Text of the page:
Kreeft, Peter. Socratic Logic: A Logic Text Using Socratic Method, Platonic Questions, and Aristotelian Principles. South Bend: St. Augustine’s Press, 2014.

Moreland, J.P. and Craig, William Lane. Philosophical Foundations for a Christian Worldview. Downers Grover: InterVarsity Press, 2017.

Poythress, Vern Sheridan. Logic: A God-centered Approach to the Foundation of Western Thought. Wheaton: Crossway, 2013.

The opinions and views expressed in this article are those of the author and do not necessarily reflect the views and opinions of the employees and members of Ratio Christi South Africa.

[1] “Jesus the Logician” by Dallas Willard, available at accessed March 30, 2020.

[2] Hermeneutics is the term that is used to refer to the study of the principles of interpretation.

[3] Romans 6:6-18; Galatians 2:20.

[4] 2 Corinthians 5:17: “Therefore, if anyone is in Christ, he is a new creation. The old has passed away; behold, the new has come.”

[5] Ephesians 4:20-24.

[6] Ephesians 2:10: “For we are his workmanship, created in Christ Jesus for good works, which God prepared beforehand, that we should walk in them.”

[7] C.S. Lewis, Mere Christianity (San Francisco: HarperSanFrancisco), 162.

[8] Matthew 22:37-39.

[9] Romans 13:8-10.

[10] John 15:2, 8, 16; Romans 8:12-13; 12:9, 16-17; 1 Corinthians 6:9-10; 2 Corinthians 7:1; Galatians 5:16-23; 6:7-8, 15; Colossians 3:5-14; 1 Peter 1:22.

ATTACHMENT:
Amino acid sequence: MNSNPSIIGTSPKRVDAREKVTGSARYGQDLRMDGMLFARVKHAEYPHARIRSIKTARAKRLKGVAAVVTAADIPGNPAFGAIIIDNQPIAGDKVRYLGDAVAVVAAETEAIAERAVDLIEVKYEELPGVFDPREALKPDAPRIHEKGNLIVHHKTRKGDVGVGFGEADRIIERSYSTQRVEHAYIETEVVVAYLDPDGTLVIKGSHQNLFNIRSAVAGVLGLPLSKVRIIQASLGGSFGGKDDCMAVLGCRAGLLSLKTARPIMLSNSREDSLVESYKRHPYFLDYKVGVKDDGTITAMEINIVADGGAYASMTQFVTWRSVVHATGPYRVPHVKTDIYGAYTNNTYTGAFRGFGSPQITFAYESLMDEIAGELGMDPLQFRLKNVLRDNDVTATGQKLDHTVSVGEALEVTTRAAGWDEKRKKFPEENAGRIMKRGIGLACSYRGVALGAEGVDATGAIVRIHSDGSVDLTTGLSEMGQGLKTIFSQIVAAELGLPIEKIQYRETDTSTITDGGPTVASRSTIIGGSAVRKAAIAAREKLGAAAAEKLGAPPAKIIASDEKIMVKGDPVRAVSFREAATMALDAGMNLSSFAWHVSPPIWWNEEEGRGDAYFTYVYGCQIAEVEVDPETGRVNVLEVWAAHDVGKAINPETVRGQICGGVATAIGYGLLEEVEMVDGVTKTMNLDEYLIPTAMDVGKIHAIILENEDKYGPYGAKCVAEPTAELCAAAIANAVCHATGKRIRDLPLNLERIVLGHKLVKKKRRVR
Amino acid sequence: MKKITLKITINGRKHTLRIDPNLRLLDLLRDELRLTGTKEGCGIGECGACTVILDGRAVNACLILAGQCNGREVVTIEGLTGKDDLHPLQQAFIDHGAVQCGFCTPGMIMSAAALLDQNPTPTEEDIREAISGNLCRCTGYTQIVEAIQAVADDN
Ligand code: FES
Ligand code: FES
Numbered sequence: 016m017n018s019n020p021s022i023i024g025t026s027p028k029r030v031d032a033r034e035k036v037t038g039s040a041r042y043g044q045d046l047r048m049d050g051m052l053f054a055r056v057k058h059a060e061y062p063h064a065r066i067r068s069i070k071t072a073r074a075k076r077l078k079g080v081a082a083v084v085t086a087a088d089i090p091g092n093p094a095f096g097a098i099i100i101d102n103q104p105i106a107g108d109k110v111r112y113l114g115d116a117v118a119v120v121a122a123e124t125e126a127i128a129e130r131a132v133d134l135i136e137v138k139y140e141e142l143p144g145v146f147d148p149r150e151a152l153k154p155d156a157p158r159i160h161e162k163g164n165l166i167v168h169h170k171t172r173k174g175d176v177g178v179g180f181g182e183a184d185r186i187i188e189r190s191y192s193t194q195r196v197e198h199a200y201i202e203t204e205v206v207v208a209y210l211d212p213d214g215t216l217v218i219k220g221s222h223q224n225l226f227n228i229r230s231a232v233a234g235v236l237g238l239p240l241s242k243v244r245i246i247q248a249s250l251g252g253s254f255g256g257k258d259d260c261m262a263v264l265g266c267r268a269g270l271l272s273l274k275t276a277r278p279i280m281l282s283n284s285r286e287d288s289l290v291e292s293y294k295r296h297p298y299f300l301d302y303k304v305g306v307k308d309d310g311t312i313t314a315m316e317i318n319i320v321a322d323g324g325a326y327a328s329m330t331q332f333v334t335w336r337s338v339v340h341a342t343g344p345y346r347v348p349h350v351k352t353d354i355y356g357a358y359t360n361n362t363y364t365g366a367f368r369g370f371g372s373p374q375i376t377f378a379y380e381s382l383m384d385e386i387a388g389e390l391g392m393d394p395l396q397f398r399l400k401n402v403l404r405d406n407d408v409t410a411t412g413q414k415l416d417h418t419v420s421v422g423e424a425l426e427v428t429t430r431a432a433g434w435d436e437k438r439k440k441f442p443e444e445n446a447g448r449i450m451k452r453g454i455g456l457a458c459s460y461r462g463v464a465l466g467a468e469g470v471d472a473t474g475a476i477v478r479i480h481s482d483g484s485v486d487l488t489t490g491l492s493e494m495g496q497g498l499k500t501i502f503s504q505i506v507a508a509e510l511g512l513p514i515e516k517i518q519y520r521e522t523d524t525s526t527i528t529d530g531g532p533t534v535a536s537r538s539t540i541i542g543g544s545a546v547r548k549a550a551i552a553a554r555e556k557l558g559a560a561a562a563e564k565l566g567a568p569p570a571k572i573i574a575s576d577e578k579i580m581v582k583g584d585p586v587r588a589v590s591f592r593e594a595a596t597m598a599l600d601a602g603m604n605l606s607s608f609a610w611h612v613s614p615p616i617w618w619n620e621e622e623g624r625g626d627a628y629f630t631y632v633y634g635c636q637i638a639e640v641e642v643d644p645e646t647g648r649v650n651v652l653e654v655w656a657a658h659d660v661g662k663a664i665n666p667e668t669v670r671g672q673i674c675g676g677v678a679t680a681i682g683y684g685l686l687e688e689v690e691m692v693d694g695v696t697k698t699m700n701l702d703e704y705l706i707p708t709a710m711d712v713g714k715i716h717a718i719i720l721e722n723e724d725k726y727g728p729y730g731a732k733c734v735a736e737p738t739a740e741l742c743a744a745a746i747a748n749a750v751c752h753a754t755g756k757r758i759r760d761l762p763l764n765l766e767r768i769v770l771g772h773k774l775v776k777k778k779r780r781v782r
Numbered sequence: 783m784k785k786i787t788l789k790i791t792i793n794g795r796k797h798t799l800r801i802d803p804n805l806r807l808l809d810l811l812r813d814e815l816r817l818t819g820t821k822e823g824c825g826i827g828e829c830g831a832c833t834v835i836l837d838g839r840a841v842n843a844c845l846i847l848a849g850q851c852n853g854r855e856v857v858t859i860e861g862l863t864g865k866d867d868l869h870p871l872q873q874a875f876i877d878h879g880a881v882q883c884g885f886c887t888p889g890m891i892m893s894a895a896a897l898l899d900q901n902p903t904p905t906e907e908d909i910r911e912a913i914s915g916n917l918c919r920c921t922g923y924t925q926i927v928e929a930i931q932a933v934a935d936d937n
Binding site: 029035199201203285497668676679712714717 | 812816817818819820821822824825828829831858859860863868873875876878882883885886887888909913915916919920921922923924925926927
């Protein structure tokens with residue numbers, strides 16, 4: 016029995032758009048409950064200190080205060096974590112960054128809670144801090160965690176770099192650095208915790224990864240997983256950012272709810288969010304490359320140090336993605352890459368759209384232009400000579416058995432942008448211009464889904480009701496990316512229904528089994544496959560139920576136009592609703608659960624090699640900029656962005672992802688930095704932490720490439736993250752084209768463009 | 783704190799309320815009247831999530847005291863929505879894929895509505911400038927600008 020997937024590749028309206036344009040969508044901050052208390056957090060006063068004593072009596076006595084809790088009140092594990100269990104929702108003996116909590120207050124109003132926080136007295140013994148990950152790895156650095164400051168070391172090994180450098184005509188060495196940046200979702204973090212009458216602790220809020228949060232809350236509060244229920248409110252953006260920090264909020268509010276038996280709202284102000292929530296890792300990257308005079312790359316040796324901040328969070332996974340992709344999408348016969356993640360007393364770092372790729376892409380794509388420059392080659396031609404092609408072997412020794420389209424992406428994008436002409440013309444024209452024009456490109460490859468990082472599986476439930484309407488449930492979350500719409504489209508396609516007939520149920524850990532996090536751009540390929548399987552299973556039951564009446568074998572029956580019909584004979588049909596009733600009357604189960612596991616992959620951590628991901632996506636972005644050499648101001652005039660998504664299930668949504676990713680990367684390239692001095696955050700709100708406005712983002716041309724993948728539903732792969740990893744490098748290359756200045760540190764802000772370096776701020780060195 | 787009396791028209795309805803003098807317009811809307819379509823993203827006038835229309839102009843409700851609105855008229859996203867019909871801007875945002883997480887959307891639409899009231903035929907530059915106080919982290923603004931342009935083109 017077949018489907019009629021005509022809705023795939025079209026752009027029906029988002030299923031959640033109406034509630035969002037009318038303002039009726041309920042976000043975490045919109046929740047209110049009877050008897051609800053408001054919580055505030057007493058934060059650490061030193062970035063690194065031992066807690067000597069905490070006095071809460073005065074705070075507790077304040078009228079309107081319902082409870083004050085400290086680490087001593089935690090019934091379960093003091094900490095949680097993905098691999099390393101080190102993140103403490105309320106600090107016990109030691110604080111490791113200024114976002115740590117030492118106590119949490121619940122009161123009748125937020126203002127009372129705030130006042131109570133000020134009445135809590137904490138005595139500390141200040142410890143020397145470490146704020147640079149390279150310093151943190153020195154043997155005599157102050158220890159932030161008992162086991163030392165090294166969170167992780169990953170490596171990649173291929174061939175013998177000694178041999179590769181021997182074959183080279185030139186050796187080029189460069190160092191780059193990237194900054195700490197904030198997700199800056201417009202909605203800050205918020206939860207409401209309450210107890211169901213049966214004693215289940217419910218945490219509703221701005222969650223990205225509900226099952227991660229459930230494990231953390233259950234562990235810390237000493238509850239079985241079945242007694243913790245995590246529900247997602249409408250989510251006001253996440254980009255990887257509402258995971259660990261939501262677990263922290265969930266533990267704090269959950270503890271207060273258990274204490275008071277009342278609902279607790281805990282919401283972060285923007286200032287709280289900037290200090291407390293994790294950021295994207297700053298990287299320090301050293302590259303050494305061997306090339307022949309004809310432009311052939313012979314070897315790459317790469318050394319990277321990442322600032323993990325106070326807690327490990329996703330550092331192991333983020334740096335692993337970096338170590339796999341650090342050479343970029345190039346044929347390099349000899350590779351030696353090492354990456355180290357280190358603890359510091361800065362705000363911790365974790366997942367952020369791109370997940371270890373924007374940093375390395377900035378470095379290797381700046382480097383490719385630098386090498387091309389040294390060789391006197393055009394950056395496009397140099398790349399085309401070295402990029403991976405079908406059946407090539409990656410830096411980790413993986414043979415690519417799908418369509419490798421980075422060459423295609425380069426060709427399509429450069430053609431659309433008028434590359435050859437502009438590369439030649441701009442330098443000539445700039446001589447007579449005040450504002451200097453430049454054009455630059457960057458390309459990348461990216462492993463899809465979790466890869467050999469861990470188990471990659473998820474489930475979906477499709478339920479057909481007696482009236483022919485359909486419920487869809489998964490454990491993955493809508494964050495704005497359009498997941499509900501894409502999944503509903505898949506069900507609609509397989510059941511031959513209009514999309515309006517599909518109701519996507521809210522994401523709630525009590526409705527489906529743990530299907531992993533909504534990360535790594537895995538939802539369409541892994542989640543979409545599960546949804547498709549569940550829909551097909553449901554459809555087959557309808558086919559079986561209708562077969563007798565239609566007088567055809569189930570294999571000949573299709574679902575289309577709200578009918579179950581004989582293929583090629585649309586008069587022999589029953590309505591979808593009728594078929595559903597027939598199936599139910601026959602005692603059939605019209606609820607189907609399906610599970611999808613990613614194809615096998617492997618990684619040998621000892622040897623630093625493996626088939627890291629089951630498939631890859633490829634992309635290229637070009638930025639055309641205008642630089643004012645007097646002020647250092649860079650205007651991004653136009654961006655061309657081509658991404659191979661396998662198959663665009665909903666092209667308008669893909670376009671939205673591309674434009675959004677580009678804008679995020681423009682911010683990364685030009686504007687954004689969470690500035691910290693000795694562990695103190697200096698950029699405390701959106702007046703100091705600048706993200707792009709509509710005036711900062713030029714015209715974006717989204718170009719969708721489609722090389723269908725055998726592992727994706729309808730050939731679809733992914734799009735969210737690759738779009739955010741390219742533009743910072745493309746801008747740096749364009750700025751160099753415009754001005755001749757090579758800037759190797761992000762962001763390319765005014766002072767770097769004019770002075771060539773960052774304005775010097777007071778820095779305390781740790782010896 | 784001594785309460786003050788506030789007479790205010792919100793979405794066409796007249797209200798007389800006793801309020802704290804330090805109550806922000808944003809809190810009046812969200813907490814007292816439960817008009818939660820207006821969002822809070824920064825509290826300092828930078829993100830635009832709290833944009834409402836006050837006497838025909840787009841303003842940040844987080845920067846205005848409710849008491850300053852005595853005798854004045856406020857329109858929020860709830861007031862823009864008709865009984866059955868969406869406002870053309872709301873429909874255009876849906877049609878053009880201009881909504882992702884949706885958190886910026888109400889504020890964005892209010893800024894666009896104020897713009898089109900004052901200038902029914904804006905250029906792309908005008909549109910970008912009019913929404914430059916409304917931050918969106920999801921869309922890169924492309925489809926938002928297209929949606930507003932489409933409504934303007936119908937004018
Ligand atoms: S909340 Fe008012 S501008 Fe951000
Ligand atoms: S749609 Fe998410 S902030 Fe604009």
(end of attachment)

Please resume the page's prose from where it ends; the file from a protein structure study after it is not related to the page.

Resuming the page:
[11] 2 Peter 3:15-16.

[12] Acts 17:11; 2 Timothy 2:15; Ephesians 6:17.

[13] 2 Peter 1:20-21; John 17:17; 2 Timothy 3:16; Titus 1:2; Matthew 5:18; Proverbs 30:5; Psalm 119:160; Isaiah 40:8.

[14] 2 Peter 3:16; 1 Thessalonians 2:13; Hebrews 3:7, 4:7; Matthew 22:31.

[15] Literary context, historical and cultural context, covenantal context, linguistic context etc.

[16] WC Kaiser Jr. & M Silva, Introduction to Biblical Hermeneutics (Michigan: Zondervan, 2007), 17.

[17] To employ a valid hermeneutic, one doesn’t need to be a scholar. Even a simple intuitive hermeneutic would suffice. But even this simple hermeneutic is dependent on sound logical reasoning.

[18] Romans 12:1-2; Philippians 1:9; 2 Peter 3:18.

[19] 1 Peter 1:16.

[20] John 5:39; 1 Corinthians 11:1; 2 Corinthians 3:18; John 13:12-15.

[21] Matthew 4:1.

[22] Psalm 91:11-12.

[23] Exodus 17:7; Deuteronomy 6:16.

[24] 1 Peter 2:22; 2 Corinthians 5:21; Hebrews 4:15; 1 John 3:5; John 8:29; Isaiah 53:9; 1 Peter 1:18-19.

[25] For He kept the Great Commandment perfectly.

[26] Willard, Jesus the Logician.

[27] Numbers 23:19; Hebrews. 6:17-18; Tit. 2:13.

[28] Psalm 33:4; Psalm 18:30; 2 Corinthians 1:18; Isaiah 25:1; Deuteronomy 32:4; Psalm 91:4.

[29] Mark 2:1-12.

[30] Daniel 7:9-14.

[31] Exodus 20:3; 34:14.

[32] Matthew 12:22-32.

[33] Matthew 22:29-33.

[34] Mark 11:27-33.

[35] Norman L. Geisler & Patrick Zukeran, The Apologetics of Jesus: A Caring Approach to Dealing with Doubters (Grand Rapids: Baker Books), 68.

[36] Willard, Jesus the Logician.